Color Models

The search for a comprehension of exactly what color is and how it functions has been going on for hundreds of years. Numerous models and systems have been developed, and the following is an attempt to summarize some of the major leaps that have been made to bring our understanding to its current level.

The first known studies of color were done in ancient Greece by Aristotle, who theorized that color existed in the form of rays sent down from the heavens by God. His theory was not disputed until the Renaissance when more sophisticated color systems were developed by Aguilonius and Sigfrid Forsius. Aguilonius's system was the first attempt at defining all colors and was based on his observations of the changing color of the sky from dawn to dusk, (see below).

In 1660, Sir Issac Newton developed a more logical color order based on his scientific observation from experiments. Using a prism, Newton acknowledged that white light could be broken down into the colors of the rainbow, and as such had a clear, set order. Newton's work in optics led to his creation of the color wheel.

The next big jump in color theory did not come until the early 1800's, when Johanes Wolfgang Goethe challenged Newton's ideas and created his own color system. Newton's and Geothe's approaches were very different. Newton's studies in color were scientifically based, while Goethe's interest was more in the psycological effects of color. He wished to investigate whether rules could be found to govern the artistic use of color. Originally he planned on creating an improved color wheel, but later Goethe found his ideas were best expressed within an equilateral triangle. (see below) Goethe's theories and his triangle will be explored further in the Goethe's Triangle section of this page.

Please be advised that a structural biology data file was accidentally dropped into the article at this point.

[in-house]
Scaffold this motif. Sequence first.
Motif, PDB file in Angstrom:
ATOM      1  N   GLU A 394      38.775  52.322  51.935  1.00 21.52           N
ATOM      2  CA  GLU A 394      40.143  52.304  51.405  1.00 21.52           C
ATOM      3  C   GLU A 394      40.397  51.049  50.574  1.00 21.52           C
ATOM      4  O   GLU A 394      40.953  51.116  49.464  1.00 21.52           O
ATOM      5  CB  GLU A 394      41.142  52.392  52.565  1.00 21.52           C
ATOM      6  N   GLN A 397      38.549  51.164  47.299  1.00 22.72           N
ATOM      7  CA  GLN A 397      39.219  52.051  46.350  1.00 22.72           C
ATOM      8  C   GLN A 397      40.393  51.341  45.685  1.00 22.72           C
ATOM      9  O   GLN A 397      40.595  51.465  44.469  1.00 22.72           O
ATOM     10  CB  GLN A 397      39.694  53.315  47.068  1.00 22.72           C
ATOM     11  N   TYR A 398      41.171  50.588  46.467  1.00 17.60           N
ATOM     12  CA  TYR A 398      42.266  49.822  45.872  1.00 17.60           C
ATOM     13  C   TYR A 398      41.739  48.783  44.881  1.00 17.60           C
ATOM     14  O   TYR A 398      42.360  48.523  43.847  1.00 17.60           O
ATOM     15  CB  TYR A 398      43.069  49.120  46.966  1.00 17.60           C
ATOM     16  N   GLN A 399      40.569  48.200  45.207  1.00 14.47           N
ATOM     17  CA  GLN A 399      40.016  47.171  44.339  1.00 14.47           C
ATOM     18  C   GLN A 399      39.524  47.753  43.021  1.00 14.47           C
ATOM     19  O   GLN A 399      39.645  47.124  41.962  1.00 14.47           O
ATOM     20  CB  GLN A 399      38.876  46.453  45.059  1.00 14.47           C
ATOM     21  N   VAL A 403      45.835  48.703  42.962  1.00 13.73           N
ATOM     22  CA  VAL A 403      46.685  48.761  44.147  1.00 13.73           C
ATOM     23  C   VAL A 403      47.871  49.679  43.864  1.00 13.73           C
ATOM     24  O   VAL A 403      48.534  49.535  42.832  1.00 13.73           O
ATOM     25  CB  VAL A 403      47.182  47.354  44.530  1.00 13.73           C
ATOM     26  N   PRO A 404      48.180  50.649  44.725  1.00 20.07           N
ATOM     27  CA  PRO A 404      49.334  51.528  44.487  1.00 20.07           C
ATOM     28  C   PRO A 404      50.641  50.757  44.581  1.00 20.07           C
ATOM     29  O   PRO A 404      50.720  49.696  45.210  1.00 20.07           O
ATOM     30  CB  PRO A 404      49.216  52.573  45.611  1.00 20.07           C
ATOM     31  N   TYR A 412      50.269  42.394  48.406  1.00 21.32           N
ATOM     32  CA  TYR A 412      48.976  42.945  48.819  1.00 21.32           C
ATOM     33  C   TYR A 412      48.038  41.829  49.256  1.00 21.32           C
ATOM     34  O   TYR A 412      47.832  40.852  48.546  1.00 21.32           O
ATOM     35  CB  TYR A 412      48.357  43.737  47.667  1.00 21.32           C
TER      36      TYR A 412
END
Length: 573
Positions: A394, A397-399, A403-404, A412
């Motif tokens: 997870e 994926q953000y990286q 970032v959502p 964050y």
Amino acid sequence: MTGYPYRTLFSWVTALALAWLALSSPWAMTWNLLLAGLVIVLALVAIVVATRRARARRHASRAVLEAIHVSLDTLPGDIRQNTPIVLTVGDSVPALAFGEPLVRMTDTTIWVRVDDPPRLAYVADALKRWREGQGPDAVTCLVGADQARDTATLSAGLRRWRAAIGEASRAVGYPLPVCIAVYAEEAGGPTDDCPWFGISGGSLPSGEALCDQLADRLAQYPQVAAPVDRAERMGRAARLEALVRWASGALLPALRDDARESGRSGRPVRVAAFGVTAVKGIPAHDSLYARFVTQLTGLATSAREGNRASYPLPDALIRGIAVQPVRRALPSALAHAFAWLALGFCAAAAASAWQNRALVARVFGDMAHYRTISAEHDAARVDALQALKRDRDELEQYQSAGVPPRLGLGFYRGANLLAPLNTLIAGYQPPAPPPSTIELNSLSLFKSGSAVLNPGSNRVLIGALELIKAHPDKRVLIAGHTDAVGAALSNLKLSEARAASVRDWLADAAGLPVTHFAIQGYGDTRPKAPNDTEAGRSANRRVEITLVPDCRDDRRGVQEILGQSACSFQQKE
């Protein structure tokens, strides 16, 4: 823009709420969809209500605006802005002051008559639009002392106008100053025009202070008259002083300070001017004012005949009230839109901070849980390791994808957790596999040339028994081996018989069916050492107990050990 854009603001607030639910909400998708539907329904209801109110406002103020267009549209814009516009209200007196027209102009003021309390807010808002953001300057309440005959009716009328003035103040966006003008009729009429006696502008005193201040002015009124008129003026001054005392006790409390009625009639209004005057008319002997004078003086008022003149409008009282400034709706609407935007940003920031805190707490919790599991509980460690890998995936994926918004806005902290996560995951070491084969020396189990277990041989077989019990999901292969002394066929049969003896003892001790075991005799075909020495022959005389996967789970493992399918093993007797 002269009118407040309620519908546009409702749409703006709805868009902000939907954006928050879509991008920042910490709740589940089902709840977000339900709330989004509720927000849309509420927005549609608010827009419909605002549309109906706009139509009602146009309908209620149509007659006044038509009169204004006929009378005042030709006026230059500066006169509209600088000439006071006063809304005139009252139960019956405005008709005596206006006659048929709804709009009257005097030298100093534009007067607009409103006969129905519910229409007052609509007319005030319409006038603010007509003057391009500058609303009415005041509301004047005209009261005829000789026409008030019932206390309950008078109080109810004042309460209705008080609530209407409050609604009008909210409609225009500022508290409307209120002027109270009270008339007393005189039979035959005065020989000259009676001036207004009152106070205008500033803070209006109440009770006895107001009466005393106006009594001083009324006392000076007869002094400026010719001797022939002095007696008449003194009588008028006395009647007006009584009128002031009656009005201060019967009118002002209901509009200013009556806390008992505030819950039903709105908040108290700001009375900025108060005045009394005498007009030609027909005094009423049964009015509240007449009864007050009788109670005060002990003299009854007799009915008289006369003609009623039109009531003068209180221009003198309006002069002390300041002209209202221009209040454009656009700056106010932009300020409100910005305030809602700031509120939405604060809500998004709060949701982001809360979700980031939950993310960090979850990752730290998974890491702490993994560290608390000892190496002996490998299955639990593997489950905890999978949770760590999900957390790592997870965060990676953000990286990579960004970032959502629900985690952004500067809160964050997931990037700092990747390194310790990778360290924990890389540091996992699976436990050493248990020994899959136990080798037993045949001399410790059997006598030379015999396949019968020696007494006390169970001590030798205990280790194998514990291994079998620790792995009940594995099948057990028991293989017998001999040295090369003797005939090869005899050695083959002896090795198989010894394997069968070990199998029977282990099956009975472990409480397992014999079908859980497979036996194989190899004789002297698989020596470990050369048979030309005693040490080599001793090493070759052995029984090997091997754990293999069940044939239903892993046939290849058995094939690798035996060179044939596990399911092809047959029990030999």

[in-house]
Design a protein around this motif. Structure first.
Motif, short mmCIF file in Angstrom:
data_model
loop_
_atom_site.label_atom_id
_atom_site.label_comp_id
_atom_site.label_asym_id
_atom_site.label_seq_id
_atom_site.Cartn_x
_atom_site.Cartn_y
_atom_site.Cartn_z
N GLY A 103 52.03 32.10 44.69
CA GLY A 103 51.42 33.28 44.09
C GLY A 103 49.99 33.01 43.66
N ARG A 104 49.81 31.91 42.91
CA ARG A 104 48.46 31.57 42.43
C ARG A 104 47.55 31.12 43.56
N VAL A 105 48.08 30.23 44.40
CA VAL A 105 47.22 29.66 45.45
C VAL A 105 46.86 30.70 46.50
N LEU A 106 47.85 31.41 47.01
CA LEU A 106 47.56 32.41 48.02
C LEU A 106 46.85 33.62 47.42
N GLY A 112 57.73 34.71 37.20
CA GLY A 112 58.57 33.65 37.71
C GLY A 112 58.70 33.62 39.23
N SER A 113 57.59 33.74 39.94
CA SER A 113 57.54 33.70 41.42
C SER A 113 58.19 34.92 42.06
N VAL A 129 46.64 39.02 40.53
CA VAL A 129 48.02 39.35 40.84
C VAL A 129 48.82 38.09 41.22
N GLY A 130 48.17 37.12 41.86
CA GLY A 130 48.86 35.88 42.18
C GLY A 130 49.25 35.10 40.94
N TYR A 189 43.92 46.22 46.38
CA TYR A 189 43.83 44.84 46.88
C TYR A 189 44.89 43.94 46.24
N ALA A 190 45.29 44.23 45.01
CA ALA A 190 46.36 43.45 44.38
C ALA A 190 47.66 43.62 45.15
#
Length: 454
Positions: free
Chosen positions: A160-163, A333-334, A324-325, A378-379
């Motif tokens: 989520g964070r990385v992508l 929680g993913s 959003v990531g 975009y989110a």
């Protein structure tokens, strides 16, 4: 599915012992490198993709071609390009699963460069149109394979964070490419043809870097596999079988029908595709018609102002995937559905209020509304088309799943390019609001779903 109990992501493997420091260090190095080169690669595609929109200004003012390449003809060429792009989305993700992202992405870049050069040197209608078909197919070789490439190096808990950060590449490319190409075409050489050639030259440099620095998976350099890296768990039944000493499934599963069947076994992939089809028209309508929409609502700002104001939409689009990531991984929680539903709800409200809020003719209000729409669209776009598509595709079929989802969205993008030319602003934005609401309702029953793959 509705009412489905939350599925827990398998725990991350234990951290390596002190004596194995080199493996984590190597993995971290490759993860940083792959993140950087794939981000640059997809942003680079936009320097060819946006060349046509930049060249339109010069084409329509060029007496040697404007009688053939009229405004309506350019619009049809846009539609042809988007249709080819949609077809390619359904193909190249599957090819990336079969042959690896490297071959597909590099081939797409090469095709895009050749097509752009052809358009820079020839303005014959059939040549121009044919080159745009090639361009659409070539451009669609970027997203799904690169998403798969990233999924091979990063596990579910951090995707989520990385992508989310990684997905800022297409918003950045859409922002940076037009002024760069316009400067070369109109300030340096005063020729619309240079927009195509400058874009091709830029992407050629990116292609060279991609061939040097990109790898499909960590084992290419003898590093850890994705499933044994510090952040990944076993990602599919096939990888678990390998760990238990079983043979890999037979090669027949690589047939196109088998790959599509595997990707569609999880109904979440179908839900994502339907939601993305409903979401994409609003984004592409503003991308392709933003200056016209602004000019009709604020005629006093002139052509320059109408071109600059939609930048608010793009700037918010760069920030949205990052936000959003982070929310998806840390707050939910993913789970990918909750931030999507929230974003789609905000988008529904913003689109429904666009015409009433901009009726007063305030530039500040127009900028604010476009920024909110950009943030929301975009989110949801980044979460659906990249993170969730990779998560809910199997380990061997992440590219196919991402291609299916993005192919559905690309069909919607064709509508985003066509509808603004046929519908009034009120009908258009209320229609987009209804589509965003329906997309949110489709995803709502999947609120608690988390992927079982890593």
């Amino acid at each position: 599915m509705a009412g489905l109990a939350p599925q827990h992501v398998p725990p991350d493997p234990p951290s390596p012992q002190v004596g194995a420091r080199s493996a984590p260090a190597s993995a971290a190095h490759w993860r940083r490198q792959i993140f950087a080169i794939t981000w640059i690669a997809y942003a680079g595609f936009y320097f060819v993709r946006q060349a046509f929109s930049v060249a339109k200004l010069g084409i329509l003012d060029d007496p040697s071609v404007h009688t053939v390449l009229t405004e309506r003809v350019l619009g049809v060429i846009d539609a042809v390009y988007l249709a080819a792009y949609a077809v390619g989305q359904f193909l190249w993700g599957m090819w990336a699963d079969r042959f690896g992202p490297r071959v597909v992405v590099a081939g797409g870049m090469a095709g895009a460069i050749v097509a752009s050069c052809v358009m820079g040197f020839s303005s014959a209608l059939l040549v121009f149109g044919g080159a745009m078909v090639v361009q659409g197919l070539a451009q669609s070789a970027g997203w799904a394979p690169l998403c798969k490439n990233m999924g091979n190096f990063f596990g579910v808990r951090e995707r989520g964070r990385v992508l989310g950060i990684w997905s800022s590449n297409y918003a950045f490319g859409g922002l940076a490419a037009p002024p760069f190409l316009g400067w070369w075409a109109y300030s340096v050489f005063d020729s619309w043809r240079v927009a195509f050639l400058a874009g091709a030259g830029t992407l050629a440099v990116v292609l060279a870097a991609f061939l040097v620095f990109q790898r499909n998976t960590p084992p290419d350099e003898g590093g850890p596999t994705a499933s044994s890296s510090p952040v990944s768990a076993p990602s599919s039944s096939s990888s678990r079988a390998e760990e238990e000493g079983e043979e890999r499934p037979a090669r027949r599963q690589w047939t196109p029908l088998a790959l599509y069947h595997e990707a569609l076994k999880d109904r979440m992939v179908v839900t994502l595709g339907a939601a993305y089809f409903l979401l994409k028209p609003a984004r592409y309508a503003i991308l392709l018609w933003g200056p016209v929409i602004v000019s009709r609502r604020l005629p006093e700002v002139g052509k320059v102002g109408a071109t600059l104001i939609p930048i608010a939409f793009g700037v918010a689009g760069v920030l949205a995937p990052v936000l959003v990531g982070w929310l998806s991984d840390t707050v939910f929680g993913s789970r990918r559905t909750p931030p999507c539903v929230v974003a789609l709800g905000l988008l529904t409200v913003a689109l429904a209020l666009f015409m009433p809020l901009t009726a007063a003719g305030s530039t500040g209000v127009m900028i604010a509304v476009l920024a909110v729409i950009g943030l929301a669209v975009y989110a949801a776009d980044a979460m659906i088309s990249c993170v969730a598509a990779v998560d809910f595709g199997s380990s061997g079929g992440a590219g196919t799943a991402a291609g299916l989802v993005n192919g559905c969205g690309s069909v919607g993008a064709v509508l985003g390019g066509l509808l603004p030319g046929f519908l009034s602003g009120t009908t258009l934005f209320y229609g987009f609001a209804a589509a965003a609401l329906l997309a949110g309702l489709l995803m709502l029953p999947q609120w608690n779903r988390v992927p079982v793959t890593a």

Also around this time Phillip Otto Runge developed a three dimensional color model in the form of a sphere. His theory was revolutionary at the time, and it attempted to arrange colors based on hue (red,cyan,orange,etc..), whiteness, and blackness. You can see from the two top views in the example, that the pure hues on the outside of the sphere lighten and darken as they reach the two poles. Horizontal and vertical cross-sections are shown below them.

In 1872 a Scottish physicist, Sir James Clerk Maxwell, developed a chart in the form of an equilateral triangle from his studies of the electromagnetic theory of light. His triangle is very similar to Goethe's, both are equilateral and both choose three primaries which are combined to produce the inner colors. Maxwell, however, believed that he could produce all the known colors within his triangle, and he choose red, green, and blue as primaries.

In 1915, Albert H. Munsell, an American art teacher, used the work of Runge as a basis for the development of his own 3D color space. This space is based on pigment, not light. He begins with Runge's sphere, but he works from two observations that he has made as a painter. The first is that pure hues vary in their degree of lightness, and therefore all the pure hues (red, yellow, green, blue, violet) should not be on the same horizontal plane. The second observation is that some colors(red) are more vivid than others(green), and therefore,they should be further away from the axis. These observations all pointed Munsell toward a color space whose shape was very irregular and asymmetric, as shown below. Munsell's color solid has remained very useful, and is used by paint manufacturers, artists and designers.